Viagra is sometimes used as a vasodilator (meaning that it promotes the dilation of blood vessels).

Raynaud's; Raynaud Syndrome; primary Raynaud's; secondary Raynaud's; blood flow; arteries; Raynaud's phenomenon.

Using Cannabis to Treat Raynaud’s Disease

There are few studies into the use of cannabis for Raynaud’s disease. Still, there are anecdotal reports and an underlying logic as to why cannabis and cannabinoids can be used to treat Raynaud’s disease (in particular secondary Raynaud’s). 


Here are three primary benefits of using cannabis for Raynaud’s Disease:

  • Tetrahydrocannabinol (THC) acts as a vasodilator, helping open up the arteries. The terpene pinene is also potentially helpful for its vasodilatory effects.
  • Raynaud’s is often associated with other autoimmune conditions. It seems that cannabidiol (CBD) can help regulate the immune system and control the inflammation associated with various autoimmune diseases.
  • Both THC and CBD in small amounts can help relieve stress and anxiety – two common triggers of Raynaud’s.

Further benefits of using cannabis for Raynaud’s are similar to using medical marijuana to treat other conditions. Unlike many prescription drugs, marijuana comes with few and generally mild side effects, and cannabis is also not addictive in the same way that many prescription drugs are.

Cannabis medicine may treat a range of conditions beyond Raynaud Syndrome, including depression. Medical marijuana, when properly dosed and administered, can improve your overall health.   

Potential Drawbacks and Risks

Little is known about the interactions between cannabinoids and NIFEdipine, and prostacyclins. However, although we do not know if there is an interaction, we do know that cannabinoids do interfere with some types of beta-blockers. CBD also affects calcium channels, so while there has been no contraindication yet discovered between cannabis and calcium channel blockers, there could possibly be some.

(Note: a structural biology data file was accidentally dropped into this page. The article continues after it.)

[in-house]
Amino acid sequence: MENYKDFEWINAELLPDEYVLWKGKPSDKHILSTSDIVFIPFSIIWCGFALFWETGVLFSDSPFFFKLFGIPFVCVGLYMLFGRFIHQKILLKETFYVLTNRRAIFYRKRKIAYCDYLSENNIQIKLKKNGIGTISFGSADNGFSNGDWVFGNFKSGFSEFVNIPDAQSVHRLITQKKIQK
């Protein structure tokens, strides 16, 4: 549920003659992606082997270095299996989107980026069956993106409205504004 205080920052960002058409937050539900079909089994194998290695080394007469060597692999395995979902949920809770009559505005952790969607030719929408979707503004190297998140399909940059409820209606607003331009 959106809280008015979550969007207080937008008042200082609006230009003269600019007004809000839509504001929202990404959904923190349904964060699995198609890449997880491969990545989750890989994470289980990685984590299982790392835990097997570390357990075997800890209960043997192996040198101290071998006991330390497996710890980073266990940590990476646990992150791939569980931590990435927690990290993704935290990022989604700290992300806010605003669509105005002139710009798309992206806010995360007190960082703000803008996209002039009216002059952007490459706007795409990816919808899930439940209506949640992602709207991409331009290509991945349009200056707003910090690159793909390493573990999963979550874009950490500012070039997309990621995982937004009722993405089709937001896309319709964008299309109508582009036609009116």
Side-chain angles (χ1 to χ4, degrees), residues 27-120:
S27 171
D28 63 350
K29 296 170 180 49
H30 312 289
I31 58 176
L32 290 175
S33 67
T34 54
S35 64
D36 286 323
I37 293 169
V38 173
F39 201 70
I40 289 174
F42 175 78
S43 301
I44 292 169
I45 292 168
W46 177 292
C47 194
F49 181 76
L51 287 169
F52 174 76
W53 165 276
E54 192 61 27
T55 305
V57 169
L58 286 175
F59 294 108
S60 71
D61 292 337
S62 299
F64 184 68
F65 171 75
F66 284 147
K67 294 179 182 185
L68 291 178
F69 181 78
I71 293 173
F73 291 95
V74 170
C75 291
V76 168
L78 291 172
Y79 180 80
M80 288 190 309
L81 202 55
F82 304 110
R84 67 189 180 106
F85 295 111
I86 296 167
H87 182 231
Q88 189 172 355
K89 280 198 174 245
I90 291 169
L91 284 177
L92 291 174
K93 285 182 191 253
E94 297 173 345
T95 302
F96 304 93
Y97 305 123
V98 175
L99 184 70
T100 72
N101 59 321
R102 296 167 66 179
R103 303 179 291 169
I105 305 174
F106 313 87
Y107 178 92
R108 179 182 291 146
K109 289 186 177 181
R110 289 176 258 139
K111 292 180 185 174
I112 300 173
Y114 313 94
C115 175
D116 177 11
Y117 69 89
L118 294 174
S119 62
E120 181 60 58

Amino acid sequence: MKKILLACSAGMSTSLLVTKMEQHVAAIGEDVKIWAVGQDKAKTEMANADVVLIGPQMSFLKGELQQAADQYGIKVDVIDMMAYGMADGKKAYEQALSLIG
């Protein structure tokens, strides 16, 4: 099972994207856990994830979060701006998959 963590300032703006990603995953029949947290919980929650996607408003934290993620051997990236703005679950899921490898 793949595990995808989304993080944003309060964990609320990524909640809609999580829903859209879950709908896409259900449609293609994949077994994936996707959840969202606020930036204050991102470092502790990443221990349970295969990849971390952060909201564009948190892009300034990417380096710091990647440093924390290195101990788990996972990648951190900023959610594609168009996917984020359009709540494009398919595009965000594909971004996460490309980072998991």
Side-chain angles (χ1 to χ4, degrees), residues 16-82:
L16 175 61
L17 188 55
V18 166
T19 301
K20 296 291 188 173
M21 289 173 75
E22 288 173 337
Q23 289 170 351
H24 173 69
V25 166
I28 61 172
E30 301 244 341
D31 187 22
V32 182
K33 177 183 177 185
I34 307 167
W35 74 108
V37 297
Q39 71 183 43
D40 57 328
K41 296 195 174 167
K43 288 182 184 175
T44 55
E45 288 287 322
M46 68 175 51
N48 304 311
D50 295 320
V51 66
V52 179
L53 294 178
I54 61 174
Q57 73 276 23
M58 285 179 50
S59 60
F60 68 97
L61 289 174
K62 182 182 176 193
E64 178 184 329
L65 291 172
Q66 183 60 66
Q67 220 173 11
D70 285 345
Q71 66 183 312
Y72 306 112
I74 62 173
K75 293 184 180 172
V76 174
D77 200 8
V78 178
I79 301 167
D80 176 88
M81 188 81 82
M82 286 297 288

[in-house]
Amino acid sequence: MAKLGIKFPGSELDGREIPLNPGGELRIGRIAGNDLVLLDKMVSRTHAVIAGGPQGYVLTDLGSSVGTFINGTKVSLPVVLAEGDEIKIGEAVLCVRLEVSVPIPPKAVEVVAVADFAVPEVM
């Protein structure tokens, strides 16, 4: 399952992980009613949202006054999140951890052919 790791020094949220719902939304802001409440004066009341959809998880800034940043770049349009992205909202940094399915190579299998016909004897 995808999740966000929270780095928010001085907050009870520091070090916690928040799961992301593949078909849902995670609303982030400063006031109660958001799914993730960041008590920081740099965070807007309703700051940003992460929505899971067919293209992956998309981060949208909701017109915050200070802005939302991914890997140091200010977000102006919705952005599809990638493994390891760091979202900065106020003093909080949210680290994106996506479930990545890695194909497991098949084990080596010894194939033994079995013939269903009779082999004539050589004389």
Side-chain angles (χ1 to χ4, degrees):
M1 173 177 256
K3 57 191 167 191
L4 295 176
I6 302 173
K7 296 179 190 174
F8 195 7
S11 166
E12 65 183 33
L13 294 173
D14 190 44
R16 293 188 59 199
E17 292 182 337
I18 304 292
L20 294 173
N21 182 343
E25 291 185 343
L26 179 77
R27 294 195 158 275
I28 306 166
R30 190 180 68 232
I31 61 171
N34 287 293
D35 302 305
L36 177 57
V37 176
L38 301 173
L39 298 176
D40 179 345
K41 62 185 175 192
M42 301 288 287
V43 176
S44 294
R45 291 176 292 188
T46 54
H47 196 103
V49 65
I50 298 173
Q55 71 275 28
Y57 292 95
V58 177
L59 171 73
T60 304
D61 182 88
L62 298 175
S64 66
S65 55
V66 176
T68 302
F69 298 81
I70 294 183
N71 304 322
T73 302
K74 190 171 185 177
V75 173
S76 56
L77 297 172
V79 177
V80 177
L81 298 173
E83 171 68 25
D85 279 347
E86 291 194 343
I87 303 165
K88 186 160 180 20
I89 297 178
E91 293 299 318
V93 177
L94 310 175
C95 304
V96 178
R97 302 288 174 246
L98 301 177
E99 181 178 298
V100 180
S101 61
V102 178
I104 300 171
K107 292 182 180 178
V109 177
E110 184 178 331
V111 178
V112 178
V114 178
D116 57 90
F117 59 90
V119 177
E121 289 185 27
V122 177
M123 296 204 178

There is also a rare case of cannabis arteritis, where a heavy cannabis smoker with progressive Raynaud’s phenomenon had arteriography revealing corkscrew-shaped vessels. Whether cannabinoids themselves caused this is unknown because there is only one reported case, but it is known that smoke of any kind may potentially trigger a Raynaud’s episode. Vaporizing ( to allow THC and pinene into the lungs and the bloodstream quickly) and tinctures (for longer-term relief from any pain and stress) may therefore be a better choice for the treatment of Raynaud’s.

Should you use cannabis to treat Raynaud syndrome? A physician can help you determine if cannabis is an appropriate course of treatment for Raynaud’s and any other condition. Contact the experienced doctors at Leafwell today to apply for your medical marijuana card.

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Frequently Asked Questions

Is marijuana a vasodilator?

Some studies have shown that the cannabinoids found in cannabis may act as vasodilators. Vasodilation is a natural process but can be harmful in certain individuals, especially people with hypotension or severe allergies. Consult your doctor before using cannabis for Raynaud Syndrome or any other medical condition.

Does marijuana affect blood flow?

Research has demonstrated that smoking marijuana affects blood flow in the brain. Changes in cerebral blood flow can be problematic, especially for people who frequently and heavily smoke cannabis.

Do cannabis topicals help Raynaud’s Disease?

Cannabis topicals may help stimulate fresh blood flow in people with Raynaud’s Disease. Warming CBD topicals, especially heated CBD oils, could provide extra benefits, but more clinical research is needed.